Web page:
"Read a classic novel" is one of the categories in C-SPL's Great Reading Challenge. I decided it was time to read Light in August by William Faulkner, which my son has been urging me to read. So I read it and I'm not sure I'll ever recover.
Light in August may be the grimmest, darkest, most harrowing novel I have ever read. Written in 1932, it examines issues of race, gender, religion, and social class in the American South -- and not in any way that makes you want to re-locate. It's Southern Gothic on steroids. I'm not sure I can recommend it except to say that Faulkner is brilliant, he writes like some higher order of angel (a dark angel, that is), and if you like Cormac McCarthy, you may very well like Faulkner.
If you'd like to check off the Classic Novel box but don't want anything that makes you lose the will to live, here are a few more-upbeat suggestions:
Middlemarch, arguably the greatest novel in the English language,
is George Eliot's masterpiece. The novel examines the lives, struggles,
failures, and redemptions of a fascinating network of characters inhabiting the Midlands town of Middlemarch as the industrial age approaches. Its centerpiece is Dorothea Brooke, a beautiful and intelligent young woman seeking a life of significance at a tough time for women. (George Eliot, by the way, was a woman.) At 800-plus pages, this one is not for the faint of heart but it's worth every minute of the effort.
The Moonstone by Wilkie Collins, who was Charles Dicken's good friend, is often called the first detective novel in English. The Moonstone's crime is the theft of the Tippoo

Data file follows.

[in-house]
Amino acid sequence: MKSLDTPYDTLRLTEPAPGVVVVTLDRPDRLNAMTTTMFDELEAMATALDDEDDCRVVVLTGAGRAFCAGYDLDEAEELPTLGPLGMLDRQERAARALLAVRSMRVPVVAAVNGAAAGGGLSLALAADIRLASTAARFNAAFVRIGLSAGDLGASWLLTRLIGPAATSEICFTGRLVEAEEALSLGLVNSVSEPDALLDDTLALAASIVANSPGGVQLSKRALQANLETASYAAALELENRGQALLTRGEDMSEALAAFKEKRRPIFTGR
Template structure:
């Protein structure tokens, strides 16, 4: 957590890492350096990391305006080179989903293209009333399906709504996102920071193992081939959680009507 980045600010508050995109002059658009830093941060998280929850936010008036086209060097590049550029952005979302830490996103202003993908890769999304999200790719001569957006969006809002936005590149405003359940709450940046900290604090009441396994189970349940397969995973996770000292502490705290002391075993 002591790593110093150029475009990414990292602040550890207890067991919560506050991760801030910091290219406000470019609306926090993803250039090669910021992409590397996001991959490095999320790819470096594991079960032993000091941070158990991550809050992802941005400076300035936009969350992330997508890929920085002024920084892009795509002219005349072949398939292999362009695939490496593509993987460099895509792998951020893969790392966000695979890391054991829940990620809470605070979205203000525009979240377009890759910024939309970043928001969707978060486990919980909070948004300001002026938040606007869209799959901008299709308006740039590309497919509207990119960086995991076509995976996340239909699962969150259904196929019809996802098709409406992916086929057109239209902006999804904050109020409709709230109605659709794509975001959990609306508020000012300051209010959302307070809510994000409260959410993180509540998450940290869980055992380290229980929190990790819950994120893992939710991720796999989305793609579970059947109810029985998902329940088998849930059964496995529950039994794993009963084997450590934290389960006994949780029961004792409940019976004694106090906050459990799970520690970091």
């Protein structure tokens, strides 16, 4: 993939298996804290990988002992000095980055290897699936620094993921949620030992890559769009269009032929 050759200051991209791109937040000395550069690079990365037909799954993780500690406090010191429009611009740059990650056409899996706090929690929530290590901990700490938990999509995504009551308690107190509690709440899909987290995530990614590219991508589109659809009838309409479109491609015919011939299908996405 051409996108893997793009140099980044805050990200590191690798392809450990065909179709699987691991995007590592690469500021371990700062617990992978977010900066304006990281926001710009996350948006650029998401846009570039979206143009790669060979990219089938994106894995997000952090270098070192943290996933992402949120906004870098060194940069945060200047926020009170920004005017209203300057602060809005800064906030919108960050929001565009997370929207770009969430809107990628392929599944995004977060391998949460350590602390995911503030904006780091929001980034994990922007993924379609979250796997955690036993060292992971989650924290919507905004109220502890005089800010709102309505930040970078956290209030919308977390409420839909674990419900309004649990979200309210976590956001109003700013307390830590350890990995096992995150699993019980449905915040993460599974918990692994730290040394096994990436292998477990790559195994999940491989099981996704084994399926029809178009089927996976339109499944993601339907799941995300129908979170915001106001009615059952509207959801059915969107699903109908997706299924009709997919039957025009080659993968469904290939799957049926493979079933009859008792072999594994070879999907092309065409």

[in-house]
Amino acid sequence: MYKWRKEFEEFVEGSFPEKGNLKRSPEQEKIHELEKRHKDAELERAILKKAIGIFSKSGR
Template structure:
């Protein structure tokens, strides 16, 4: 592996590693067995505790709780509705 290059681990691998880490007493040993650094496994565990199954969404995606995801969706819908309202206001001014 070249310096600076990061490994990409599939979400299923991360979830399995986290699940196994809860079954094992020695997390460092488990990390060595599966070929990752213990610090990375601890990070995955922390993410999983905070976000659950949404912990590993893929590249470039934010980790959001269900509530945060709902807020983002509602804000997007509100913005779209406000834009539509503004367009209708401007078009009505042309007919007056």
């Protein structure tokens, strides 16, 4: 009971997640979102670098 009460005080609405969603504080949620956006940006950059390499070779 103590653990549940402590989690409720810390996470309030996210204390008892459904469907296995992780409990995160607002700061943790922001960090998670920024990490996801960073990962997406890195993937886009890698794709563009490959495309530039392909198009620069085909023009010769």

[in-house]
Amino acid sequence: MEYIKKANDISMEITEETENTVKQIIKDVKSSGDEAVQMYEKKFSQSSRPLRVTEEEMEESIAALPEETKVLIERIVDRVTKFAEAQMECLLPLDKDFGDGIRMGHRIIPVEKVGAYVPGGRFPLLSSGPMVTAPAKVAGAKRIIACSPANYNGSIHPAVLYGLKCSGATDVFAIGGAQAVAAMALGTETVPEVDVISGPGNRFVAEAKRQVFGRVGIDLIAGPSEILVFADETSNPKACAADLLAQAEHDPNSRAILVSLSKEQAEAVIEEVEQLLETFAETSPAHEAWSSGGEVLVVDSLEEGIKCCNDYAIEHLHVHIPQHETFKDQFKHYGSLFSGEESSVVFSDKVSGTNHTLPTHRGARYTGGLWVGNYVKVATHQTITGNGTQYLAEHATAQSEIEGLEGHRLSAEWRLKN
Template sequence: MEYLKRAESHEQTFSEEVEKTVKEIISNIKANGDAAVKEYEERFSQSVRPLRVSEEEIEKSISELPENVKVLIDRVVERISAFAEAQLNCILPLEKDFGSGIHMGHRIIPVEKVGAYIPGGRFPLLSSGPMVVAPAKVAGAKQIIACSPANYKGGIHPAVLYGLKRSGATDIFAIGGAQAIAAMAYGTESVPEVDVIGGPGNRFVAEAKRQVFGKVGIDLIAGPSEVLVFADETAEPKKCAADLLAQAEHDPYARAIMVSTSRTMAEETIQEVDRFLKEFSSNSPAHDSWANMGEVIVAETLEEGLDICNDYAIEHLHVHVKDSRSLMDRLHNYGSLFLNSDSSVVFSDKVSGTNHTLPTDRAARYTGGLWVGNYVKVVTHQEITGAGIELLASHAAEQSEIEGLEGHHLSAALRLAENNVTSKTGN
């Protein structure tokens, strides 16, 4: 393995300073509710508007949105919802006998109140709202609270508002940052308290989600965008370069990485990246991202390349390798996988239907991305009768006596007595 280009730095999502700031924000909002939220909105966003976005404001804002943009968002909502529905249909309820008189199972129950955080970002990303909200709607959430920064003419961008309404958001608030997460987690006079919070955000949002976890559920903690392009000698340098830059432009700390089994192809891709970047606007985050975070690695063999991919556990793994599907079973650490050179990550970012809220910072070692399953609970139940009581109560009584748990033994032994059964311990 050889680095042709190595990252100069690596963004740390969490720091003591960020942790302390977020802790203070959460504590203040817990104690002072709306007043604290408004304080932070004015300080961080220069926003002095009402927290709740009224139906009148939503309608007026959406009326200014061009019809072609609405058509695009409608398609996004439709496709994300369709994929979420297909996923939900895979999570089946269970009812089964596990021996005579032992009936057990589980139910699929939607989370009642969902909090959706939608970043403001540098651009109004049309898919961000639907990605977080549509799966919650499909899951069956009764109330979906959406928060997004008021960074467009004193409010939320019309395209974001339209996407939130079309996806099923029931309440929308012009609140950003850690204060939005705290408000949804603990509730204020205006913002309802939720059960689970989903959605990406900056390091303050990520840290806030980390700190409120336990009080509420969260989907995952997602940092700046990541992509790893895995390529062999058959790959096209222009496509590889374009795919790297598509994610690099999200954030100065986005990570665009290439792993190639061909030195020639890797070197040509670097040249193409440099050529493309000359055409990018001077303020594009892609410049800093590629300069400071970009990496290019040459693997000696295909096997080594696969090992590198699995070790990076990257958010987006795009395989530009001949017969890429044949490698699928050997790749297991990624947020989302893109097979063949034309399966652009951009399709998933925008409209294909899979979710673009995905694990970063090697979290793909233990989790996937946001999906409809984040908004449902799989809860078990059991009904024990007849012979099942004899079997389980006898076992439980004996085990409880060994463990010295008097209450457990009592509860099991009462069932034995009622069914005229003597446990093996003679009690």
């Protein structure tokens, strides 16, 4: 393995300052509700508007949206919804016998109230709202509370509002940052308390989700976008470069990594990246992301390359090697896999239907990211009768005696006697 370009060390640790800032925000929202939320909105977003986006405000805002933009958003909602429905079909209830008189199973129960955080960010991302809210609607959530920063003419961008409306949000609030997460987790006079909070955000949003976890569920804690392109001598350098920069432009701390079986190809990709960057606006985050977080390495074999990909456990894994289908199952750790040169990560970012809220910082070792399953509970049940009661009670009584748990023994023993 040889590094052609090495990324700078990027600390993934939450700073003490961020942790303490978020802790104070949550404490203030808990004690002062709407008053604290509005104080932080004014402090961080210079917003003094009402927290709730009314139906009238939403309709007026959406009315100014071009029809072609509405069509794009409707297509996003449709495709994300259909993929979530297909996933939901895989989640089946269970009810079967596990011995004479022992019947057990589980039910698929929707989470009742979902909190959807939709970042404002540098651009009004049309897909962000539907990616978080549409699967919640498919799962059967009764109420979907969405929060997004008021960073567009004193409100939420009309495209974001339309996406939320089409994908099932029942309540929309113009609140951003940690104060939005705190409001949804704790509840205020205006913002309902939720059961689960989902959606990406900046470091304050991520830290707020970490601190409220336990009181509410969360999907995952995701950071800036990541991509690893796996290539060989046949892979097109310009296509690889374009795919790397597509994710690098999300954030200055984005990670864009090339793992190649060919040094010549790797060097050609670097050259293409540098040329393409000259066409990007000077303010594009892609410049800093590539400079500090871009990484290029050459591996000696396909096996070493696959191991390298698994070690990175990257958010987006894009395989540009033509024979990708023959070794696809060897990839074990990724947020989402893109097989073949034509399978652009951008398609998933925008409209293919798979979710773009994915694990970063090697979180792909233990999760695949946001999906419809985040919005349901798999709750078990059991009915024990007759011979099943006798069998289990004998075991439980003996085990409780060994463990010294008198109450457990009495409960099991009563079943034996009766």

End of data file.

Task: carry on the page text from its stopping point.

diamond after the fall of Seringapatam in India in 1799. The Indian element imbues this very British, very Victorian novel, told by way of letters, with an exotic and sinister atmosphere. There's a great cast of characters and as with all good Victorian reads, romance is definitely in the air (or will be once the villain is identified).
Jane Eyre, by Charlotte Bronte, is surely one of the world's most beloved novels. It's one of those classics nobody gripes about having to read. That's because it's got everything: a Gothic atmosphere, an evil orphanage, a clever, bright, unconventional heroine (she's neither gorgeous nor splendidly wealthy), a brooding lord of the manor, a romantic competitor who is lovely and rich, a catastrophic fire, something sinister and creepy in the attic, and more! The intelligent and witty dialogue between Jane, a mere governness, and Mr. Edward Rochester, master of Thornfield Hall, makes for some wonderfully gripping (and, dare I say, romantic?) reading.
~Ann, Adult Services